Co-Parenting Mediation

As difficult as a divorce can be for a married couple, it can be just as upsetting and confusing for the children of the relationship. Not only are you trying to cope with a major life change, but you are also responsible for inflicting as little trauma as possible to the children of the relationship. Parents want what is best for their kids and often fear the effects a potentially long, drawn out court battle can have -with good reason!! Battling parents in long litigation can be catastrophic for the family and for your little ones.

What is Co-Parenting Mediation?

Mediation is a process that involves the creation of a co-parenting agreement.  It is a voluntary process that seeks to meet the needs of all family members, each parent, and the children. Parents create the co-parenting plan with the mediator keeping communication productive and civil as well as guiding the plan so it remains fair and kid-friendly.

Simply put, co-parenting mediation utilizes a neutral third party to support individuals in coming to resolutions pertaining to the best interest of the child/children. The neutral third party supports positive, topic-driven discussion focused on transcending differences and reaching mutually agreeable solutions. Co-parenting mediation specifically support parties with minor children in the process of separation, dissolution/divorce, and ongoing (post decree) as life unfolds.

Mediation helps resolve parental differences that are hindering their ability to share the parenting of their children.  Mostly, though, the process focuses on the development of a parenting agreement and the logistical details that go with it. In many states, a parenting plan must be filed with the court, and mediation facilitates the process.

Although co-parenting mediation doesn’t emphasize relationships the way therapy does, it does have benefits. Mediators step in when discussions become heated. They help the parents focus just on the task of creating a plan that is healthy for their children.It is not uncommon for even the most experienced communicators and parents on the best of terms to struggle through these important life conversations and decisions.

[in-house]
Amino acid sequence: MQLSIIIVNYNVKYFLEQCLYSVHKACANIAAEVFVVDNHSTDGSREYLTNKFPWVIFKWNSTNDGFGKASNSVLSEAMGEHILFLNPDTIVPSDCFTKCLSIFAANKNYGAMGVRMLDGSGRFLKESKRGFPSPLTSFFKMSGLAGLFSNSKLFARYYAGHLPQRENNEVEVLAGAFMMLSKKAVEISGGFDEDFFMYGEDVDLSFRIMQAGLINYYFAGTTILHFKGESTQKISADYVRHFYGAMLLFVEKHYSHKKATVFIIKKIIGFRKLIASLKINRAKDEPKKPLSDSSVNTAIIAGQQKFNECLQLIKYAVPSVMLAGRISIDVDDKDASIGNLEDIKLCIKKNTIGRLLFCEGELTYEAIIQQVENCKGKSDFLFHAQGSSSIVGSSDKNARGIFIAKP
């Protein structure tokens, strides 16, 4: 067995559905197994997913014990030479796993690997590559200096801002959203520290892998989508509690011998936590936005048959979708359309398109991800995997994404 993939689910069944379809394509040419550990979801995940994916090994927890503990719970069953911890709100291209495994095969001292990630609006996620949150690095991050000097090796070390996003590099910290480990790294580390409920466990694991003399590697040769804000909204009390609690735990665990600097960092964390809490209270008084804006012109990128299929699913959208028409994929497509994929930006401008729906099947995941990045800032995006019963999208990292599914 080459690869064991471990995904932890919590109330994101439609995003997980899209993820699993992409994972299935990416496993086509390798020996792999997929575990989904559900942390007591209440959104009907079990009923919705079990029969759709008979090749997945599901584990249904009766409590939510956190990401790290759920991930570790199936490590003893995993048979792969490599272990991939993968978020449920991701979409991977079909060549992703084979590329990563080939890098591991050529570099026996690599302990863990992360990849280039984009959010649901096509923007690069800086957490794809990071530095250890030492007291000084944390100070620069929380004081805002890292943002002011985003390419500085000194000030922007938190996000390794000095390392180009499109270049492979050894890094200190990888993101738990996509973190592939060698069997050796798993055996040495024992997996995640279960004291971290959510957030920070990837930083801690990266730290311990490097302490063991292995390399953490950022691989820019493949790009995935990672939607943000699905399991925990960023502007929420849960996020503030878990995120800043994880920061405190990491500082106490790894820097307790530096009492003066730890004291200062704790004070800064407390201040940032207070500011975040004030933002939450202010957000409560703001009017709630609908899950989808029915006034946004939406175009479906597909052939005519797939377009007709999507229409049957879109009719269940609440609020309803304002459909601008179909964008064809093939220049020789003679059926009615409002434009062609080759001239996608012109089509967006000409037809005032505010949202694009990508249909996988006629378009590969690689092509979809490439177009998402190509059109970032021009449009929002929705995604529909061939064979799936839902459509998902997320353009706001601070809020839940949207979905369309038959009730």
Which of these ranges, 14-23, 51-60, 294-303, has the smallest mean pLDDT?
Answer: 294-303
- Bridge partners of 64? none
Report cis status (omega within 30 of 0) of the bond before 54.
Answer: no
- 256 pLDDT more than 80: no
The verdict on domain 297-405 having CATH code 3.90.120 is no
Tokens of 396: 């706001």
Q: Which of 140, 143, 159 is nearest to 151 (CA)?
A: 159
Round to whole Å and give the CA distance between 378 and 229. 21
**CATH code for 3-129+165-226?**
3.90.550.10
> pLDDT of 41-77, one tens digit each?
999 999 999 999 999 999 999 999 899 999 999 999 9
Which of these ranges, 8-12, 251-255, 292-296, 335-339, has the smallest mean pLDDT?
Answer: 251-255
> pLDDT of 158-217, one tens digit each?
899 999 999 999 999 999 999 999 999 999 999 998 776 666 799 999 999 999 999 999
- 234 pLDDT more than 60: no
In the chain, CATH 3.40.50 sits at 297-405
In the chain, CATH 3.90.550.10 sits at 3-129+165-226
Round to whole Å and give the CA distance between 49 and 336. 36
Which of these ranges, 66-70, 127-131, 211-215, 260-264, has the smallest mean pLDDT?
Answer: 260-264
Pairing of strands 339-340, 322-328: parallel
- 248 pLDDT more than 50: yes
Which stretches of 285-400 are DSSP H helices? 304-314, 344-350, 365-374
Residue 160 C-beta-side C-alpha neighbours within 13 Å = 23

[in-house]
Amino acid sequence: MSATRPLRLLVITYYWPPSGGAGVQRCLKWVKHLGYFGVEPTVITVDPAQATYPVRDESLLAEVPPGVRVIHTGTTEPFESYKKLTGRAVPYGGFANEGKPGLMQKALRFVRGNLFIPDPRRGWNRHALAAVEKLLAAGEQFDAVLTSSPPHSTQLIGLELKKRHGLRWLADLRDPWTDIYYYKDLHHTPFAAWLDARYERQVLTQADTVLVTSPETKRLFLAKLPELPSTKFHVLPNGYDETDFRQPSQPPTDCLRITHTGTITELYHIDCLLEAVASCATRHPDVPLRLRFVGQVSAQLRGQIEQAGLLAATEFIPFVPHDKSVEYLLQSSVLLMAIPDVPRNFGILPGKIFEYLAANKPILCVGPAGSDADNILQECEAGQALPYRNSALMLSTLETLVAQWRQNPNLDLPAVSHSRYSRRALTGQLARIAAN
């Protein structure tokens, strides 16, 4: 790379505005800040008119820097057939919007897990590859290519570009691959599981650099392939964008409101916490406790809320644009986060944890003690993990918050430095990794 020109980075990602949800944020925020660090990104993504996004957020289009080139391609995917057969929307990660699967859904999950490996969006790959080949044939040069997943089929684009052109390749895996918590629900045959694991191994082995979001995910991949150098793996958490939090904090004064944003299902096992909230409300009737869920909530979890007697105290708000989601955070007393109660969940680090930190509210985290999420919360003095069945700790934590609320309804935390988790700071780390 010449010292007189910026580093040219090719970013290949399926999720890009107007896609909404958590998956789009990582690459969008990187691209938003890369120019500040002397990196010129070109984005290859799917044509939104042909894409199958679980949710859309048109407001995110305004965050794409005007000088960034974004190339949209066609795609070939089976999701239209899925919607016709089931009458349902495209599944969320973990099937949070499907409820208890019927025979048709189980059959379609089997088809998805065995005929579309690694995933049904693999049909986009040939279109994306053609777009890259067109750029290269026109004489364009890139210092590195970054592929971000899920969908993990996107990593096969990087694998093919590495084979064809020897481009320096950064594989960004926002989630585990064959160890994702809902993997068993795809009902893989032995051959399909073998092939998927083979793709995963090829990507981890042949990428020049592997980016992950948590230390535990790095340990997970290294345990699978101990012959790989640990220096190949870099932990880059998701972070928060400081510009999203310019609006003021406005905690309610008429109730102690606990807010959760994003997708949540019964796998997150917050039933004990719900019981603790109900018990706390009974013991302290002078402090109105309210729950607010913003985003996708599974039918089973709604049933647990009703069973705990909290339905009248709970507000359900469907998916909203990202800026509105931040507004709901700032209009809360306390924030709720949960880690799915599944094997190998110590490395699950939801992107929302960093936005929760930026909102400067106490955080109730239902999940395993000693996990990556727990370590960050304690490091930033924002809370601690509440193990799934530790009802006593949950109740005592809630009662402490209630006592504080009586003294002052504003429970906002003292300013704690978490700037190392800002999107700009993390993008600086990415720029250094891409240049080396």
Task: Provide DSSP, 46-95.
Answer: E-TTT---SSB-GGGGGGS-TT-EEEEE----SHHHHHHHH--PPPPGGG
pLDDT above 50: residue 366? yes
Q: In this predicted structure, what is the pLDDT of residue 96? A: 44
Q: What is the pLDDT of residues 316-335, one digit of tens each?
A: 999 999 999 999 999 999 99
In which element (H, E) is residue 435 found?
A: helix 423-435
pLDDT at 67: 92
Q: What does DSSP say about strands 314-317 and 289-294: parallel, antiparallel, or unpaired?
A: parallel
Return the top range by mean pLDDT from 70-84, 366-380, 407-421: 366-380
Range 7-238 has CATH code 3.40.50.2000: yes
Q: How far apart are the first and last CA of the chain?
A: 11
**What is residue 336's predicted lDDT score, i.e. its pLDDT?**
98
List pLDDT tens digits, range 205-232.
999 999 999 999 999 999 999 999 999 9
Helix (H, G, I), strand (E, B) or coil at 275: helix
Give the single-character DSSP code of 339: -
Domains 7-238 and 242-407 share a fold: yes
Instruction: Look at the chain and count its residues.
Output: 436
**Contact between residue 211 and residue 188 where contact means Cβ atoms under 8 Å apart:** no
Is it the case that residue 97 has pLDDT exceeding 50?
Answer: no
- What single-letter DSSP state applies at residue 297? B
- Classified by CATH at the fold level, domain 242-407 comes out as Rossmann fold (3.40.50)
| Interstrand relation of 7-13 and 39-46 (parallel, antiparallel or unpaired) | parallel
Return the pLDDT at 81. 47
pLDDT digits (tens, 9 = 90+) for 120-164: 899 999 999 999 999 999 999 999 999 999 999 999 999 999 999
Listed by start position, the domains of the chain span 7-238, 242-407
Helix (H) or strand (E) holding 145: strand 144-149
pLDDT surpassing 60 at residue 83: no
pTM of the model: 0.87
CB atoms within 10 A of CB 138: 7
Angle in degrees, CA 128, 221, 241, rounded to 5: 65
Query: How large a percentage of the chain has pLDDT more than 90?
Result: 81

You may not be married anymore but you still must have a relationship with the other parent for years to come. Children have a base need to feel safe and secure. Healthy co-parenting during a divorce/separation often involves a lot of self-editing, communication with your ex-spouse, and consistent rules and expectations for children. Unless there is a valid concern or the wellbeing of a child is in question, there is no room for negativity and the process can be done amicable.

Even though both parents are the ones to attend co-parenting mediation, this process is for the children.

“ The best security blanket a child can have is parents who respect each other” – Jane Blaustone

Some additional topics outside of the parenting plan that are addressed:

  • Putting kids first
  • Difficult issues between the parents (This isn’t couple’s counseling, but a mediator will address problems for the sake of the kids.)
  • Differences in parenting styles
  • Defining what child behavior is acceptable and unacceptable
  • Setting standard limits and boundaries
  • Decisions about what rules should be consistent between homes and which can be different
  • Establishing a climate of respect between parents and in both households
  • Fostering healthy and regular communication
  • Increasing problem-solving and decision-making skills
  • Learning to manage emotions, anxieties around the divorce and co-parenting
  • Strengthening parents’ ability to nurture their kids despite negative feelings for each other ("Tips for Co-Parenting with a Toxic Ex")